I Executive Summary
II Summer 1999: A Season of Hate
III The Findings
IV Anti-Semitism and the Internet
V Harassment, Threats and Assaults
VI Vandalism Incidents
VII Campus Incidents
VIII

Regional Breakdown

IX Arrests
X Conclusion
XI President Clinton on ADL & Hate Crime
XII Federal Hate Crime Response Initiatives
XIII A Note on Evaluating Anti-Semitic Incidents
 
Charts and Graphs
  Audit Data Charts
 

Listing of Reported
Campus Incidents

  Related Link(s):
  ADL Model Hate
Crimes Legislation

  States with Penalty-Enhancement Hate Crimes Laws
  State Hate Crimes Statutory Provisions
  ADL Resources

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Note on Evaluating Anti-Semitic Incidents

Overt and obvious expressions of anti-Jewish animosity are certainly easiest to categorize as anti-Semitic incidents and the vast majority of incidents in the Audit reveal overt expressions of anti-Semitism. Swastikas spray-painted on synagogues or on tombstones in Jewish cemeteries, and epithets like "dirty Jew" directed against people wearing identifiable Jewish clothing (such as yarmulkes), are all clear evidence of anti-Semitism. More difficult to classify are situations such as when a Jewish institution is vandalized without any specific anti-Semitic graffiti. For the purposes of this report, any deliberate and gratuitous destruction of Jewish property (such as broken windows or display cases) brings the act into the sphere of the Audit. Therefore, a stone thrown at a synagogue window, even without any markings of anti-Semitic intent, is considered anti-Jewish hostility. While there may not be conclusive evidence to that effect, ADL makes judgments based on likelihood and probability.

  • ADL generally counts as anti-Semitic harassment the distribution of neo-Nazi and anti-Semitic materials to individual Jews, or the placing of such items on their property. This also holds true if the material is sent to a Jewish institution or posted in a public area.

  • A series of related incidents, such as anti-Semitic graffiti on neighboring Jewish properties in one night, or a mass mailing of anti-Semitic material to a particular neighborhood, counts as one incident, even though many people may be affected.

  • ADL also receives complaints of anti-Semitism directed at non-Jews. In ADL's view, anti-Semitic slurs, threats or vandalism "mistakenly" carried out against targets thought to be Jewish, or purposefully directed against non-Jews believed to be sympathetic to Jewish causes, are clearly signs of anti-Semitic behavior and deserve inclusion in the Audit.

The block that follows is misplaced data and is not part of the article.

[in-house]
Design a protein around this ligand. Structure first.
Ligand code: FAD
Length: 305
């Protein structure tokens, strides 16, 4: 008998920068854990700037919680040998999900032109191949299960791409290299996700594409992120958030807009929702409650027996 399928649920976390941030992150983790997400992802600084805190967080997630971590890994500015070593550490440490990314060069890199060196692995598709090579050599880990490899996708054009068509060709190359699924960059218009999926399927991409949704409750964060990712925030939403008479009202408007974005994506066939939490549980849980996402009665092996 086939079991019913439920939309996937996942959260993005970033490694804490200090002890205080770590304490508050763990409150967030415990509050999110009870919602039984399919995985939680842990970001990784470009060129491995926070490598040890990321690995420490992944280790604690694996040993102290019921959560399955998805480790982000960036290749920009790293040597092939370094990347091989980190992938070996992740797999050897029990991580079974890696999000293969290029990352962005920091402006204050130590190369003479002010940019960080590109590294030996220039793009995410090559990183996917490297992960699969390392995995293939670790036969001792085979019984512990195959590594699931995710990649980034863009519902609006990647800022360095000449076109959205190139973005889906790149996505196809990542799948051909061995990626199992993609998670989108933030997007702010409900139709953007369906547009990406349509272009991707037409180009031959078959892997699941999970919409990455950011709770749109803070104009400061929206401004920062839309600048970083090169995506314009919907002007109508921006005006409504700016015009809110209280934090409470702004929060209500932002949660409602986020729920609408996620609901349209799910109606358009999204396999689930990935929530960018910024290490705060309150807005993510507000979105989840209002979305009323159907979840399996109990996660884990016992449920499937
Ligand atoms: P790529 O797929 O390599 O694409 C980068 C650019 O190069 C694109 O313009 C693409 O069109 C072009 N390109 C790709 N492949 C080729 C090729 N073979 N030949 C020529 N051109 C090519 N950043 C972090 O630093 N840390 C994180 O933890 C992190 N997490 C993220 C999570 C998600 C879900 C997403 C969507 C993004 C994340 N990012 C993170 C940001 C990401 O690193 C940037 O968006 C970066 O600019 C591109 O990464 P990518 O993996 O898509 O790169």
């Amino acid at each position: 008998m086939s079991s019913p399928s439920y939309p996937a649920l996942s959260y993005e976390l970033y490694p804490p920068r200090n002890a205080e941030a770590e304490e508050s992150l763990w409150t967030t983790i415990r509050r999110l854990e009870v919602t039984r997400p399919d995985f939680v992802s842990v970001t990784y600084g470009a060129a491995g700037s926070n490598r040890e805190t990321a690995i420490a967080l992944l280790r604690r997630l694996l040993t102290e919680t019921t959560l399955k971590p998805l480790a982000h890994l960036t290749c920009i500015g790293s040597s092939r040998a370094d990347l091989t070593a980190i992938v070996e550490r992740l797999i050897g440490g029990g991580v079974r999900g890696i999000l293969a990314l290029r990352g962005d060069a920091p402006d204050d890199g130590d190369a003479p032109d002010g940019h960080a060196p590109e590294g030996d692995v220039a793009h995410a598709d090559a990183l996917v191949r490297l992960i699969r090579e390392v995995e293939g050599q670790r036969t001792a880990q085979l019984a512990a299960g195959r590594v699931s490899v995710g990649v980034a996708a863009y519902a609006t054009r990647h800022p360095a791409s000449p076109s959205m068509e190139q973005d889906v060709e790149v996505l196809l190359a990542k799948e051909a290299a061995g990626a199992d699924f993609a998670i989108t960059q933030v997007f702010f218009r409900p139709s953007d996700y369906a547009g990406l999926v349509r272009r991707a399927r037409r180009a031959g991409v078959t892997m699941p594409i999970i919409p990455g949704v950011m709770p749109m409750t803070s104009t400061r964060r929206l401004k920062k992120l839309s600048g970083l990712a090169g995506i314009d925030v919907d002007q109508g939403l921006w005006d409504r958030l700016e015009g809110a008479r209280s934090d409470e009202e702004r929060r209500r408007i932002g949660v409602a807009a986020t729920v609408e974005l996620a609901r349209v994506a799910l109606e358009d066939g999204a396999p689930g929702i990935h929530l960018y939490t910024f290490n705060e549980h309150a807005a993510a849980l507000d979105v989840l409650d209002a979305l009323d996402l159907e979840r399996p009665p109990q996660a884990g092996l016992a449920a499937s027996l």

• Anonymously reported incidents represent an obstacle to maintaining the Audit's integrity. ADL seeks to corroborate reports of anti-Semitic activity to assure accuracy and to respond effectively and counteract such acts. While it is relatively easy to authenticate acts of vandalism against Jewish institutions or in public areas, verifying incidents of verbal harassment and slurs proves more challenging. Absent any additional follow-up information to support anti-Semitic intent, these reported incidents may be left out of the Audit.

  • ADL does not include cases of alleged employment discrimination in hiring, firing or promotion, unless the situation includes evidence of overt anti-Semitism. A claim of discrimination in itself, based on inferences of anti-Semitism because of alleged unequal treatment in work assignments or denial of time off for holiday observance, is not considered an incident for the purposes of the Audit. Such claims involve a different kind of anti-Semitic problem which, while hurtful to the complainant, are nevertheless distinct from overt expressions of anti-Jewish hostility.

From year to year, ADL strives to maintain a consistent policy of evaluating anti-Semitic incidents in an effort to make accurate and reliable comparisons. There are times, however, when a significant shift in the types of anti-Semitism reported emerges, which requires a rethinking of Audit procedure. In response to the explosion of Internet use in the past few years, ADL has instituted the following policy on evaluating Internet-related incidents:

Anti-Semitic hate messages, threats or harassment received by electronic mail are treated as if they were sent by traditional mail and are therefore considered anti-Semitic harassment. These messages are sent deliberately from one person to another in an effort to intimidate and frighten. As with mass mailings or local distribution of hate literature, an anti-Semitic E-mail sent to a large number of recipients is classified as one incident.

Hate-filled sites on the World Wide Web are not included as anti-Semitic incidents in the Audit. Much like the hate-filled propaganda newspapers published around the country, a Web site is a publication whose authors and points of view are often known prior to viewing.  It should be noted, however, that unlike these other publications, they are available to millions of computer owners.  While Internet users may be offended by reading Jew-hatred on the Aryan Nations' Web page, they should not be any more shocked than if they found it in a traditional source, such as the publications The White Patriot and The Klansmen.

The paramount purpose of the ADL Audit of Anti-Semitic Incidents has always been to provide one way of measuring the various forms of anti-Semitism prevalent in the United States. Communities and their elected and law enforcement officials can use this reliable analysis of anti-Semitic activity as a baseline criterion for evaluating these incidents. In this way, the Audit serves as a tool that tells part of the story of anti-Semitism in America.



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